This paper discusses how to specify the shunt resistor used when a servo drive is in regenerative braking mode. The concepts of regenerative braking and capacitor energy storage are explained. Fusing and the wiring of both single and multi-axis systems are reviewed. The paper concludes with a worked example.
During normal operation, the servo drive receives electrical power from a DC bus supply and outputs a controlled electrical power through the phases of the motor. Then the motor converts this electrical power to mechanical power that moves the load:
In regenerative mode the motor acts as a generator whose load is the servo drive and the DC bus supply. In the same way the DC bus voltage is stepped-down in normal operation, the generated voltage is stepped-up in regenerative mode, which causes the DC bus voltage to increase as its capacitance is charged by the incoming current. If the bus voltage increases too much, the power transistor rating can be exceeded causing component failure. A shunt braking resistor can be connected to the servo drive to dissipate this excess of regenerated energy, preventing potentially damaging voltage levels.
During regenerative braking, the power stage of the servo drives operates in reverse, boosting (or stepping-up) the DC bus voltage. This means the DC bus voltage (and supply) can be higher than the value of BACK-EMF of the motor at the given speed.
In some cases, the shunt braking resistor may be avoided or minimized in the case of:
The typical wiring circuit of a shunt resistor connected to a single servo drive is shown next. The shunt is connected between the power supply positive and the SHUNT_OUT of the drive; this is an open drain high current output.
An additional fuse or resettable over-current protection could be added to protect the resistor against fire or explosion in case of an unpredictable overload or a wrong configuration of the shunt activation voltage that sets the SHUNT_OUT active at all times.
Note that the fuse blowing may cause a cascade effect destroying the drive and the power supply by an over-voltage situation, which may be worse than overloading the resistor. Therefore, the fuse should be designed to never blow on nominal conditions, only as a last resort to prevent fire or dangerous temperatures on the braking resistors. The fuse is not necessary when:
Presistor > Vmax(supply)² / R
In terms of safety, this is the best approach that guarantees that the shunt braking resistor will always work reliably. However, it typically leads to over-sized resistors.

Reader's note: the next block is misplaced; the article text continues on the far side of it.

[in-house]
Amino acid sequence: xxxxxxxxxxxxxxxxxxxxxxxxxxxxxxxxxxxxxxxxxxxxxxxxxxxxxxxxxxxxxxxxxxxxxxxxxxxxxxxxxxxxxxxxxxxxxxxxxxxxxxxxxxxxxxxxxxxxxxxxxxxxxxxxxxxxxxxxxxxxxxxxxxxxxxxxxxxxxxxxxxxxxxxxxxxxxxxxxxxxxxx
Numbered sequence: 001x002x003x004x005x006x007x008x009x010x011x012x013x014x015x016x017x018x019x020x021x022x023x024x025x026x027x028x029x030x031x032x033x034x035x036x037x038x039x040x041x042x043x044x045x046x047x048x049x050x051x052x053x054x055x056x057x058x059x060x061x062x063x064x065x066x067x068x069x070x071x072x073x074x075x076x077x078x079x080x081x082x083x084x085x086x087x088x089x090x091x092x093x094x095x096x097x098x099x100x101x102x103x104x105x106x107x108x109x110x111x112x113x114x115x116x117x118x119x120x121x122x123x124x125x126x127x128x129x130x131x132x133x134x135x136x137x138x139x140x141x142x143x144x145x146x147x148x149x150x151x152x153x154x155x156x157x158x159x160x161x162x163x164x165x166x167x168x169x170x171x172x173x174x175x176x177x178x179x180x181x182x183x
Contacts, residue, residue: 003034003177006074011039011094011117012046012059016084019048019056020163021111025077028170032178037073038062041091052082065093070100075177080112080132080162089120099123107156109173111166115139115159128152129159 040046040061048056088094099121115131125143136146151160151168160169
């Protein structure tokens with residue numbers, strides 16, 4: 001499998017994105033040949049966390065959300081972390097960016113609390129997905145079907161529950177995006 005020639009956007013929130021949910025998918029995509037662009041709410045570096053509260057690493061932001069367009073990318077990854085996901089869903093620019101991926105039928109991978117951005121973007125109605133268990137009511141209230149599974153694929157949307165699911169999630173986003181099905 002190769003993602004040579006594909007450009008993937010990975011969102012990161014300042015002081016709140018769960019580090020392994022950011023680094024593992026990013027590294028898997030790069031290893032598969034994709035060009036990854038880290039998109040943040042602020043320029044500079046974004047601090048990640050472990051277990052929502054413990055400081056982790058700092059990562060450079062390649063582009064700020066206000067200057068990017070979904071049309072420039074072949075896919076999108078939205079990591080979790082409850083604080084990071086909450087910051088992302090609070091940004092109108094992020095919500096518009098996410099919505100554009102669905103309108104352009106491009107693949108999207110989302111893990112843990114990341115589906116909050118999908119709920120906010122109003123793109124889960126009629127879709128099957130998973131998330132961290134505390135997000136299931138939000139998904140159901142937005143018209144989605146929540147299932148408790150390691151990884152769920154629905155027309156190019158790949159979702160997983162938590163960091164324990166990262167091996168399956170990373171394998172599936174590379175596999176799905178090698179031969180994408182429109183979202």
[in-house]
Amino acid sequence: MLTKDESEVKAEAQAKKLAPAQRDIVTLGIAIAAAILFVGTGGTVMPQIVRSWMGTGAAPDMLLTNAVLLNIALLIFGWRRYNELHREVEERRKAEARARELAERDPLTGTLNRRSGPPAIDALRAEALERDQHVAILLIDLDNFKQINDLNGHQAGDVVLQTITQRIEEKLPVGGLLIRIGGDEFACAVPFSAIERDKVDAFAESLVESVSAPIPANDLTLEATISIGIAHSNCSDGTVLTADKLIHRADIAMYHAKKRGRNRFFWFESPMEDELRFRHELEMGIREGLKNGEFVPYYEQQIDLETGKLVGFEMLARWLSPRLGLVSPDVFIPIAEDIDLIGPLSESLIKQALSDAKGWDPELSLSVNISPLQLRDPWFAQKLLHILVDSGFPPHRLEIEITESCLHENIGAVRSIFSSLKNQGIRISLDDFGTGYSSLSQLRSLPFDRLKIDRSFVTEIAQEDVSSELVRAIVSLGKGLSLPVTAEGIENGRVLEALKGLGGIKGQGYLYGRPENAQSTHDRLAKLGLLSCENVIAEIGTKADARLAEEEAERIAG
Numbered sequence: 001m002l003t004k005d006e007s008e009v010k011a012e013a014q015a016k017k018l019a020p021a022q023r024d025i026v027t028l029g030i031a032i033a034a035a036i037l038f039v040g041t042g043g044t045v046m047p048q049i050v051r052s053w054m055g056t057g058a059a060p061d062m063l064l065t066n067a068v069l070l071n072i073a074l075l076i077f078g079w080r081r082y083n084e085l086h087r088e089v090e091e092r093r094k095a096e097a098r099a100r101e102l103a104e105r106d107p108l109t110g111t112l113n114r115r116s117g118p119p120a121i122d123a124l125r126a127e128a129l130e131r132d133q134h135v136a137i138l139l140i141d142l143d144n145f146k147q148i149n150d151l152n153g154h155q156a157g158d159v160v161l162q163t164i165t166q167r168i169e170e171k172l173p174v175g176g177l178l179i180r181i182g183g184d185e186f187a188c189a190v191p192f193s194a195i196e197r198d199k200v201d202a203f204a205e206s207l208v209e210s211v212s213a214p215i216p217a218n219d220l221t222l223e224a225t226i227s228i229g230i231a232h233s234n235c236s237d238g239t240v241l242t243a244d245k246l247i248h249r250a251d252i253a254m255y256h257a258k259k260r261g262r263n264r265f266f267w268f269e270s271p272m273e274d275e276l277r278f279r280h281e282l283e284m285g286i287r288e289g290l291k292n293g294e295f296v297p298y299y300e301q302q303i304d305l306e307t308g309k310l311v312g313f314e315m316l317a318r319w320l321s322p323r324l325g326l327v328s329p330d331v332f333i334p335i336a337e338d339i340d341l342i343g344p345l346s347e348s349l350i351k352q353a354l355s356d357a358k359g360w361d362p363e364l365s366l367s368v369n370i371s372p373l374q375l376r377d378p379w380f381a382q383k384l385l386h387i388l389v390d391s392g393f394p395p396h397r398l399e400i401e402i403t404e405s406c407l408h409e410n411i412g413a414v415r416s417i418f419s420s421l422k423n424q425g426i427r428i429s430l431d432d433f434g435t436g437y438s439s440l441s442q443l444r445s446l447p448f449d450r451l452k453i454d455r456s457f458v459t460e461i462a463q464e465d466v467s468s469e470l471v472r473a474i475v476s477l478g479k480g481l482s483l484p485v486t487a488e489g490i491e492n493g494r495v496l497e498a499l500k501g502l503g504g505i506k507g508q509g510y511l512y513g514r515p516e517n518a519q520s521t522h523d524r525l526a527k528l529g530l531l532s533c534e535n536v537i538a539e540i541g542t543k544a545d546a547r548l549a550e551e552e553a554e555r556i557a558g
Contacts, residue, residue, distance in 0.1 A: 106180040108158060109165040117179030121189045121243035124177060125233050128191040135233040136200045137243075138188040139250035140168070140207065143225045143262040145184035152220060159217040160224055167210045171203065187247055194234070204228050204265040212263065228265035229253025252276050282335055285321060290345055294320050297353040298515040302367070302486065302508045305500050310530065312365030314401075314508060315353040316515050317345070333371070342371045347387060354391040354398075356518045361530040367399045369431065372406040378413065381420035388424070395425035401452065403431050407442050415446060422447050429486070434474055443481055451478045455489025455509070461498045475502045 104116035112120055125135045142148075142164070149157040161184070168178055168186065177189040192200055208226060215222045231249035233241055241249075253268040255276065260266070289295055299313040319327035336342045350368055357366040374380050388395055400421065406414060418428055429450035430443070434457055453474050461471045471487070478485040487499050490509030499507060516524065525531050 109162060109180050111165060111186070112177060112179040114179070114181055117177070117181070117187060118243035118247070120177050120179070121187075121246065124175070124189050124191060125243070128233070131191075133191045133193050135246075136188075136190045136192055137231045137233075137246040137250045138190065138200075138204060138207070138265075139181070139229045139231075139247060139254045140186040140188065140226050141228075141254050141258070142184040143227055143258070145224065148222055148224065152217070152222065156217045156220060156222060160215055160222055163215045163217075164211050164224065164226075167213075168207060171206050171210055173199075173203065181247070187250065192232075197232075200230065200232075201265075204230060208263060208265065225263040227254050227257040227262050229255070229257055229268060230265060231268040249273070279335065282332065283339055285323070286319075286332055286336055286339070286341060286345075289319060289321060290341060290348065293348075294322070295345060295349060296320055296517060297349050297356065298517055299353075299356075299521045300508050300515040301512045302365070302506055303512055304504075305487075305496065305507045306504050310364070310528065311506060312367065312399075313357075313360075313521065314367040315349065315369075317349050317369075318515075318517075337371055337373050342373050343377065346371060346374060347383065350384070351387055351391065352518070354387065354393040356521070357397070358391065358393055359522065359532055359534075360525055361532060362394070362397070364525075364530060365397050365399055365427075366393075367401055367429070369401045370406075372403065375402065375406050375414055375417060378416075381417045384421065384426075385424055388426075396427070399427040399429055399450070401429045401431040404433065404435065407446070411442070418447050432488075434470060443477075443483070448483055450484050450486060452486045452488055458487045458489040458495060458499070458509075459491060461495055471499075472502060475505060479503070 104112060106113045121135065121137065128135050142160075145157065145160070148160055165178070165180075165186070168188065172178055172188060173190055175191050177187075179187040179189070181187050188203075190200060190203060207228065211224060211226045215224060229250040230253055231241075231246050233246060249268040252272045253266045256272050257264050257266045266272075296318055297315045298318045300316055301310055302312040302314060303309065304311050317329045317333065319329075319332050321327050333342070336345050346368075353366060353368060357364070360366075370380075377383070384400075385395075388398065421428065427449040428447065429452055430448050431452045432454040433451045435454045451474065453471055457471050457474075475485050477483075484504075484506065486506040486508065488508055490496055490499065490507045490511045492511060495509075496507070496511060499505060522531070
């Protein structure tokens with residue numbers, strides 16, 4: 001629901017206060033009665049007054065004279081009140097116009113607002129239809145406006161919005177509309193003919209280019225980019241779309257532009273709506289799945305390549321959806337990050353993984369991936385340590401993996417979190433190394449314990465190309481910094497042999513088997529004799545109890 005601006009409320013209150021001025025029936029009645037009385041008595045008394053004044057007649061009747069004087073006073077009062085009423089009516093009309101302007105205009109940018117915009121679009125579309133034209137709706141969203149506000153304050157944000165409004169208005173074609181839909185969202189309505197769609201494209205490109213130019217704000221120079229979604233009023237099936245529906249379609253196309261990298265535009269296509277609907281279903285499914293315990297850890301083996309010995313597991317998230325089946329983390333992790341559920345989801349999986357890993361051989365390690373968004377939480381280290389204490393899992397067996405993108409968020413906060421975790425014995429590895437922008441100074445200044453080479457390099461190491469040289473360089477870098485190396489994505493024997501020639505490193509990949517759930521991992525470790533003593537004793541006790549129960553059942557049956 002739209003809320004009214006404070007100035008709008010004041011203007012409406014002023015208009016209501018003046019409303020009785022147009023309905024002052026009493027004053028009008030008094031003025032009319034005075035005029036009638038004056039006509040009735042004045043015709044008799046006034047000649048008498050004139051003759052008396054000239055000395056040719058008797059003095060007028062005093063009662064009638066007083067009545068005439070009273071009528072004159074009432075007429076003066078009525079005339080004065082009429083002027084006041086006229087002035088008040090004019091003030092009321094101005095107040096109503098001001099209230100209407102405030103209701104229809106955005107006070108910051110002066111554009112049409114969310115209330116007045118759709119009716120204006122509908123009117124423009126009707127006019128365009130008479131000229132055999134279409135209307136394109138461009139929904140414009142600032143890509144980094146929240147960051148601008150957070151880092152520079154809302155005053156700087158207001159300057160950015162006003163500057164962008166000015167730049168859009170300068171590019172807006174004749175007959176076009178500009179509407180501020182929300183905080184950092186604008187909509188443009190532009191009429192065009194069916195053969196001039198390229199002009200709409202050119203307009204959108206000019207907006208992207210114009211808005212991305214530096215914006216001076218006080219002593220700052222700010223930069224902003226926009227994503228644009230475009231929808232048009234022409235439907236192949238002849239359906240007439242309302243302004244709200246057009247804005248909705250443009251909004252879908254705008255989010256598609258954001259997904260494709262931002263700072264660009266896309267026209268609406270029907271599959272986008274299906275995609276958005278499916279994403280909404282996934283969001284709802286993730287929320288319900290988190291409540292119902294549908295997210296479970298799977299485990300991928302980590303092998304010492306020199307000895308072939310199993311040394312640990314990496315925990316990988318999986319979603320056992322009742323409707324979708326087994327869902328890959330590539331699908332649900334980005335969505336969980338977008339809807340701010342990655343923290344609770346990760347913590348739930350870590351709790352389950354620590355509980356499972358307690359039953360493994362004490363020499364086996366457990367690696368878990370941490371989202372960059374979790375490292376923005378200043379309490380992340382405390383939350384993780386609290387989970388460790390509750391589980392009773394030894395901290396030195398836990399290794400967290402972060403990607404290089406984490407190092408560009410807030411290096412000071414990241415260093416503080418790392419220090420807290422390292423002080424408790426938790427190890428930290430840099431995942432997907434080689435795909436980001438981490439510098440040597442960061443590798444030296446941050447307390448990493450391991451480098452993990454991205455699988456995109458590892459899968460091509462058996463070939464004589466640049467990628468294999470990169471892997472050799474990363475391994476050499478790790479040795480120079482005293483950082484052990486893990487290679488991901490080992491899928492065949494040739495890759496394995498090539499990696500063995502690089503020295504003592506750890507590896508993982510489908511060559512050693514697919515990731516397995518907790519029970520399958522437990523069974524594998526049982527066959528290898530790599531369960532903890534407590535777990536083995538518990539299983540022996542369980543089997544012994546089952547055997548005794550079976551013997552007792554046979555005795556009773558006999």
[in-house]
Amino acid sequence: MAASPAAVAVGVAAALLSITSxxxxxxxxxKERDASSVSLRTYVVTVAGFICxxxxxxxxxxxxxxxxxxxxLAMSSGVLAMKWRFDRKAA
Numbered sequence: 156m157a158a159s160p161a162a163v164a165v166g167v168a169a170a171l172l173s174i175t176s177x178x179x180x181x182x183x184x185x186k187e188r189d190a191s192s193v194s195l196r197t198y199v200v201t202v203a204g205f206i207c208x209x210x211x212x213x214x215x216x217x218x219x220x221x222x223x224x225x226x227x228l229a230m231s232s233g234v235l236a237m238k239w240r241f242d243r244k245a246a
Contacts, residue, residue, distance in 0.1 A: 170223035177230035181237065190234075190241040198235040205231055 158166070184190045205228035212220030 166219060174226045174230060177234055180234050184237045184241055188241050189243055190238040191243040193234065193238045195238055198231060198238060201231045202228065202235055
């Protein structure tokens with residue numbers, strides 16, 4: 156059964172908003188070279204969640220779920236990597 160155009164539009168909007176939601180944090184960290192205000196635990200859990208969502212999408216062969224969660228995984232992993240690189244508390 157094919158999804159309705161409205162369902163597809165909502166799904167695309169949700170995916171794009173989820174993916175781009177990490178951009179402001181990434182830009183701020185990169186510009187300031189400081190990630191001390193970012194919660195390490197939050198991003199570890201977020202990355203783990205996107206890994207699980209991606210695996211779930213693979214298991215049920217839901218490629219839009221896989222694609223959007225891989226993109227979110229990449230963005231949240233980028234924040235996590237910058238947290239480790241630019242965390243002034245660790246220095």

When wiring multiple drives in parallel to the same power supply or battery, a single shunt resistor could be shared among all the axes. Do this only if the braking current of all the axes does not exceed each individual servo drive’s shunt current capacity.
Paralleling the shunt output is possible as the drives have an open drain output.
Modulating PWM might be equivalent to “changing the effective value of resistor”, but it:
While PWM modulation is quite handy during design stage, it should be avoided on the production stage by using a well-chosen shunt braking resistor.
Using a DC bus capacitor can be sometimes a cheap alternative to using a shunt braking resistor to avoid an uncontrolled increase of the DC bus voltage in case of re-injection. However, this method has serious disadvantages:
The simplest approach to resistor sizing is to use the online calculator for sizing a shunt resistor for regenerative braking.
If a manual process is preferred, the following steps provide a safe, conservative approach to size the shunt resistor for most systems (we will consider that 100% of deceleration energy goes to the shunt resistor). In case of doubt, it is better to include the shunt braking option and, if finally not needed, remove it.
1) Determine your system max kinetic energy (Ek) at max speed and/or max potential energy (Ep) at max height. Calculate the mechanical energy Em:
Em = Ek + Ep
Include motor, gearing and load inertia. For vertical loads, potential energy may be the biggest contribution.
2) Determine the min deceleration time (tdec) and max number of decelerations per second (Db).
3) Determine the resistor Ω value with the following formula: R ≈ Vmax(supply) * 1.1 / i(shunt) where:
Vsupply(max) (V): power supply max voltage including tolerances
i(shunt) (A): deceleration current (if unknown, use the drive peak current)
4) Choose a standard resistor with value close to R.
5) Determine resistor average power Pav by:
Pav = Em * Db
Consider power-temperature derating on the resistor datasheet.
In case the duty cycle of the application is unknown, consider the highest number of deceleration cycles per second that can be physically made.
An alternative approach is to design the shunt to operate 100% of the time. In this case, the power of the resistor must be Pav = Vmax(supply)² / R. This approach is conservative and may result in very big resistors, but is the safest approach.
6) Determine the resistor peak (overload) power Ppk by the maximum of the following equations
Ppk = Maximum( Em / tdec ; Vmax(supply)2 / R)
Ensure the integrity of the chosen resistor. The peak power depends on peak time. Check the resistor datasheet. The Ppk (5 s) is typically: Ppk(typ.) = Pav * 5 for wire-wound resistors.
7) Connect the shunt resistor according to the installation manual. Provide generous dissipation to the resistor if Pav is close to the resistor nominal power.
8) Configure the servo drive shunt activation voltage. Ensure the configuration is well stored in the nonvolatile memory. Ensure the shunt activation voltage is always > nominal supply voltage.